Precipitation totals from our most recent storm will vary greatly across the forecast region affecting the size and distribution of potential avalanches accordingly.  Pay close attention to new snow totals in your area and be aware of how the wind is affecting the landscape. We have seen more human-triggered avalanches in the last week then throughout the majority of the season. Most of these incidents involved wind slab avalanches and many were very close calls.  With a new load of fresh snow and continued loading winds things have only gotten more sensitive.  Careful route selection and conservative decision-making will be crucial today don’t let the fresh snow lure you into making poor decisions.

Weather and CURRENT CONDITIONS
weather summary

Expect partly cloudy skies today with a chance of snow showers and isolated thunderstorms throughout the day.  Temperatures will be in the mid to high 20’s at upper elevations. Moderate to strong SW winds will continue today with ridge top gusts expected around 50 mph.  About 1” of snow is expected today 

Snow showers will diminish and wind speeds will continue to drop tonight as this recent storm leaves the region. Tomorrow looks like it will be pleasant partly cloudy skies, no expected precipitation, and light to moderate winds west winds.

High pressure will persist through the weekend bringing warm dry weather. Mild spring storms may return next week though at this point precipitation estimates are low.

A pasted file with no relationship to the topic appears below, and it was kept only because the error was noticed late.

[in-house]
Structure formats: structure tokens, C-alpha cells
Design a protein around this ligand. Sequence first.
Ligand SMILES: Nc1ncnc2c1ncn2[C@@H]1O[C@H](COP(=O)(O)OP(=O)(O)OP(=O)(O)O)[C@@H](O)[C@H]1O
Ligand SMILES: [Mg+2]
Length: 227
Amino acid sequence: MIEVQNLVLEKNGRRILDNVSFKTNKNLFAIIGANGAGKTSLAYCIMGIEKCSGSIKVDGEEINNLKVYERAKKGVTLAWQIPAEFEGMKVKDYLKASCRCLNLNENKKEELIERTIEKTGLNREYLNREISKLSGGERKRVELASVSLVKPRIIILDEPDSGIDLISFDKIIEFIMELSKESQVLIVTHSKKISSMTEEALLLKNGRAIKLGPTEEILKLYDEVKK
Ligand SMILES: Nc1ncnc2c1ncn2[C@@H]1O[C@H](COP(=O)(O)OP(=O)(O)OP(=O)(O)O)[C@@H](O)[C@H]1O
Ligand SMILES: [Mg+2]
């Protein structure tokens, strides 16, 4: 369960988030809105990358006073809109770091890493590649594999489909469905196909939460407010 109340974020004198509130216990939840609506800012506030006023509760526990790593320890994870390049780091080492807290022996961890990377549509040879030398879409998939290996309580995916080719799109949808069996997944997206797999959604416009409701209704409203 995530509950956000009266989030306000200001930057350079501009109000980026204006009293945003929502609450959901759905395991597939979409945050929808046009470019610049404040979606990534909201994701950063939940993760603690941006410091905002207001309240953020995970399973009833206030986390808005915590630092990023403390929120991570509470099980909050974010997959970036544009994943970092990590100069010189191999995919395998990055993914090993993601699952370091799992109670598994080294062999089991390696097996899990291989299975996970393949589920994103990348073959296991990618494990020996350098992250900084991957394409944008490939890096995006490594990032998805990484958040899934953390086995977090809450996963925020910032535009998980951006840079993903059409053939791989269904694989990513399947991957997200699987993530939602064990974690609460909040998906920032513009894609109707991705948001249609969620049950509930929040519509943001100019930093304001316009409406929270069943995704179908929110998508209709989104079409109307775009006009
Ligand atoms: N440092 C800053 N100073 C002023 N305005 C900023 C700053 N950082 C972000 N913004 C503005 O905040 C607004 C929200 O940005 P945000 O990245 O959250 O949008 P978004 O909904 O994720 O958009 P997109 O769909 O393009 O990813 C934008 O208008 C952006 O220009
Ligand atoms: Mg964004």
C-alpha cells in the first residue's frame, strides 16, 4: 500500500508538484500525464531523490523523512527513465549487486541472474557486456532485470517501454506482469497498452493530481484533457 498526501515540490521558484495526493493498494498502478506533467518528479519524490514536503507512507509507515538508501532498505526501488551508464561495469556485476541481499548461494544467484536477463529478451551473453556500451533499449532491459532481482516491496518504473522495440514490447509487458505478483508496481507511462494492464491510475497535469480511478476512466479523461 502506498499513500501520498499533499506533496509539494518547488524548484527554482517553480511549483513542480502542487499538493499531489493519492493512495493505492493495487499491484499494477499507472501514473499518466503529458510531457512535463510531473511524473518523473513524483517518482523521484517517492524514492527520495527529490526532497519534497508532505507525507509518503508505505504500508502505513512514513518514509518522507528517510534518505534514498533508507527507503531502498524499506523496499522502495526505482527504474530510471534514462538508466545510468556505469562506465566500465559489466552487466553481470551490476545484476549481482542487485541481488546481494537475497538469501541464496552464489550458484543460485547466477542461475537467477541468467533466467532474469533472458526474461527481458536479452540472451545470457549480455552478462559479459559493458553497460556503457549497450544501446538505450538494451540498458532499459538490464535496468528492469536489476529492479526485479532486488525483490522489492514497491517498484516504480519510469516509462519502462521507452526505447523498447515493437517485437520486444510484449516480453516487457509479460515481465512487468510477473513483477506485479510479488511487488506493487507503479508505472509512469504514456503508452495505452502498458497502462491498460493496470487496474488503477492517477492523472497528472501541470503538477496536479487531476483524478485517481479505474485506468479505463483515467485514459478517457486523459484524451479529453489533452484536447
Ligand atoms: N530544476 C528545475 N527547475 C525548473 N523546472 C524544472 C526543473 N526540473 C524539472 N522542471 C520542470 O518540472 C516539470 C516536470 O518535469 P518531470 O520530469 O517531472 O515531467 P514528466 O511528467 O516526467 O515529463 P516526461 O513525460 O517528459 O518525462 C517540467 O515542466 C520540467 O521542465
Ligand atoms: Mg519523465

Two-Day Mountain Weather Forecast Produced in partnership with the Reno NWS
For 8,000 ft. to 10,000 ft.
Thursday Thursday Night Friday
Weather: Partly cloudy. Chance of snow showers through the day. An isolated thunderstorm possible in the afternoon. Snow levels below 7000 feet. Chance of precipitation is 30%. Partly cloudy then becoming clear. Chance of snow showers. Snow levels below 7000 feet. Chance of precipitation is 15%. Partly cloudy.
Temperatures: 29 to 39. deg. F. 14 to 20. deg. F. 32 to 42. deg. F.
Mid Slope Winds: Southwest 15 to 25 mph with gusts to 35 mph. Southwest 15 to 20 mph. Gusts up to 30 mph. West around 10 mph.
Expected snowfall: 60% probability up to 1 inch. 40% probability no accumulation. | SWE = less than 0.10 inch. in. 80% probability no accumulation. 20% probability 1-2 inches | SWE = trace amounts. in. 0 in.
Over 10,000 ft.
Thursday Thursday Night Friday
Weather: Partly cloudy. Chance of snow showers through the day. An isolated thunderstorm possible. Snow levels below 7000 feet. Chance of precipitation is 35%. Partly cloudy. Slight chance of snow showers. Snow levels below 7000 feet. Chance of precipitation is 20%. Partly cloudy.
Temperatures: 21 to 29. deg. F. 8 to 13. deg. F. 25 to 31. deg. F.
Ridge Top Winds: Southwest 20 to 35 mph with gusts to 50 mph. Southwest 15 to 30 mph with gusts to 50 mph. West 10 to 15 mph.
Expected snowfall: 60% probability up to 1 inch. 40% probability no accumulation. | SWE = less than 0.10 inch. in. 80% probability no accumulation. 20% probability 1-2 inches. | SWE = trace amounts. in. 0 in.
Disclaimer
This Avalanche Advisory is designed to generally describe avalanche conditions where local variations always occur. This product only applies to backcountry areas located outside established ski area boundaries. The information in this Avalanche Advisory is provided by the Eastern Sierra Avalanche Center, who is solely responsible for its content.